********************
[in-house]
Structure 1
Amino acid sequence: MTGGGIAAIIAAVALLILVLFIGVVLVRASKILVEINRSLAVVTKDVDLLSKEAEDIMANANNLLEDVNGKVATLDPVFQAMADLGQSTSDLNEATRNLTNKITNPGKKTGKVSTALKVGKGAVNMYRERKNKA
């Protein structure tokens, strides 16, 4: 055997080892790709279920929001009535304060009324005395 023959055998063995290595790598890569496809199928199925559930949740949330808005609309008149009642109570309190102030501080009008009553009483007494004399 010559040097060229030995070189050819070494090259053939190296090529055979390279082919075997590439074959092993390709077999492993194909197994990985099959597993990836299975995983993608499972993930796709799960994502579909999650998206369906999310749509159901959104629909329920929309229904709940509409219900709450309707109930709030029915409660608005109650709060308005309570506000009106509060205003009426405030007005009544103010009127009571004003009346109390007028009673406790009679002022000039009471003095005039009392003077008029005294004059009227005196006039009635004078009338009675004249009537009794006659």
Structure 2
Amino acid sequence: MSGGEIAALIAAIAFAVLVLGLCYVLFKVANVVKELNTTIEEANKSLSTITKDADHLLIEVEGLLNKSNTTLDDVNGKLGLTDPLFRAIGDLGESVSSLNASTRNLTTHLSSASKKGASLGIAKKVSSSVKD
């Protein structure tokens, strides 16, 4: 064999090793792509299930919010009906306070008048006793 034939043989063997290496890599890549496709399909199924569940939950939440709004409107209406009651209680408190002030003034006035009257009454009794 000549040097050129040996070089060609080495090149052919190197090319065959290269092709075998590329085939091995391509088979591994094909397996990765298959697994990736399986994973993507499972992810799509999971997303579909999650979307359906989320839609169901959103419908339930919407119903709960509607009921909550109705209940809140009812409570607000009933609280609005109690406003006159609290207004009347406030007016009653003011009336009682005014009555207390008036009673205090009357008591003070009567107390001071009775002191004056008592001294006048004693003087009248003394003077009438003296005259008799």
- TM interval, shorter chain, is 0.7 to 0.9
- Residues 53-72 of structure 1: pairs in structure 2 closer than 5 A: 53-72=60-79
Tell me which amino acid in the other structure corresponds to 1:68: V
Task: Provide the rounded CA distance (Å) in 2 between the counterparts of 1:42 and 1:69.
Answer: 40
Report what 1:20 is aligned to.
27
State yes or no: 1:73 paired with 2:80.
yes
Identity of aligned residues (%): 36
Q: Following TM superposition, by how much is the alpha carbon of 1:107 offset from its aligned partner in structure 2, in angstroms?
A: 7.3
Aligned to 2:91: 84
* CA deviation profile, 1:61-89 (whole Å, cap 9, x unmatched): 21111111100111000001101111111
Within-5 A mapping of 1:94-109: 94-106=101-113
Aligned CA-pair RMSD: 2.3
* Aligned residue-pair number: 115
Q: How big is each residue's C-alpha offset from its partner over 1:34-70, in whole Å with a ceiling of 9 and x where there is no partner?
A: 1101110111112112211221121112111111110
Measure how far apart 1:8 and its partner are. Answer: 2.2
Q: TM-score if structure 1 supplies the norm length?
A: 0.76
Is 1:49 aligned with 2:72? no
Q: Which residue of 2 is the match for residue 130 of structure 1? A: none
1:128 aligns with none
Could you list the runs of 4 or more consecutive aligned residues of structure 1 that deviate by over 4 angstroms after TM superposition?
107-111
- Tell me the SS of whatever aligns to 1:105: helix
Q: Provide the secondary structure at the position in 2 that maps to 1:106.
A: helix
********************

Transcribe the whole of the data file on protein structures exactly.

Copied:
[in-house]
Structure 1
Amino acid sequence: MTGGGIAAIIAAVALLILVLFIGVVLVRASKILVEINRSLAVVTKDVDLLSKEAEDIMANANNLLEDVNGKVATLDPVFQAMADLGQSTSDLNEATRNLTNKITNPGKKTGKVSTALKVGKGAVNMYRERKNKA
């Protein structure tokens, strides 16, 4: 055997080892790709279920929001009535304060009324005395 023959055998063995290595790598890569496809199928199925559930949740949330808005609309008149009642109570309190102030501080009008009553009483007494004399 010559040097060229030995070189050819070494090259053939190296090529055979390279082919075997590439074959092993390709077999492993194909197994990985099959597993990836299975995983993608499972993930796709799960994502579909999650998206369906999310749509159901959104629909329920929309229904709940509409219900709450309707109930709030029915409660608005109650709060308005309570506000009106509060205003009426405030007005009544103010009127009571004003009346109390007028009673406790009679002022000039009471003095005039009392003077008029005294004059009227005196006039009635004078009338009675004249009537009794006659």
Structure 2
Amino acid sequence: MSGGEIAALIAAIAFAVLVLGLCYVLFKVANVVKELNTTIEEANKSLSTITKDADHLLIEVEGLLNKSNTTLDDVNGKLGLTDPLFRAIGDLGESVSSLNASTRNLTTHLSSASKKGASLGIAKKVSSSVKD
């Protein structure tokens, strides 16, 4: 064999090793792509299930919010009906306070008048006793 034939043989063997290496890599890549496709399909199924569940939950939440709004409107209406009651209680408190002030003034006035009257009454009794 000549040097050129040996070089060609080495090149052919190197090319065959290269092709075998590329085939091995391509088979591994094909397996990765298959697994990736399986994973993507499972992810799509999971997303579909999650979307359906989320839609169901959103419908339930919407119903709960509607009921909550109705209940809140009812409570607000009933609280609005109690406003006159609290207004009347406030007016009653003011009336009682005014009555207390008036009673205090009357008591003070009567107390001071009775002191004056008592001294006048004693003087009248003394003077009438003296005259008799």
- TM interval, shorter chain, is 0.7 to 0.9
- Residues 53-72 of structure 1: pairs in structure 2 closer than 5 A: 53-72=60-79
Tell me which amino acid in the other structure corresponds to 1:68: V
Task: Provide the rounded CA distance (Å) in 2 between the counterparts of 1:42 and 1:69.
Answer: 40
Report what 1:20 is aligned to.
27
State yes or no: 1:73 paired with 2:80.
yes
Identity of aligned residues (%): 36
Q: Following TM superposition, by how much is the alpha carbon of 1:107 offset from its aligned partner in structure 2, in angstroms?
A: 7.3
Aligned to 2:91: 84
* CA deviation profile, 1:61-89 (whole Å, cap 9, x unmatched): 21111111100111000001101111111
Within-5 A mapping of 1:94-109: 94-106=101-113
Aligned CA-pair RMSD: 2.3
* Aligned residue-pair number: 115
Q: How big is each residue's C-alpha offset from its partner over 1:34-70, in whole Å with a ceiling of 9 and x where there is no partner?
A: 1101110111112112211221121112111111110
Measure how far apart 1:8 and its partner are. Answer: 2.2
Q: TM-score if structure 1 supplies the norm length?
A: 0.76
Is 1:49 aligned with 2:72? no
Q: Which residue of 2 is the match for residue 130 of structure 1? A: none
1:128 aligns with none
Could you list the runs of 4 or more consecutive aligned residues of structure 1 that deviate by over 4 angstroms after TM superposition?
107-111
- Tell me the SS of whatever aligns to 1:105: helix
Q: Provide the secondary structure at the position in 2 that maps to 1:106.
A: helix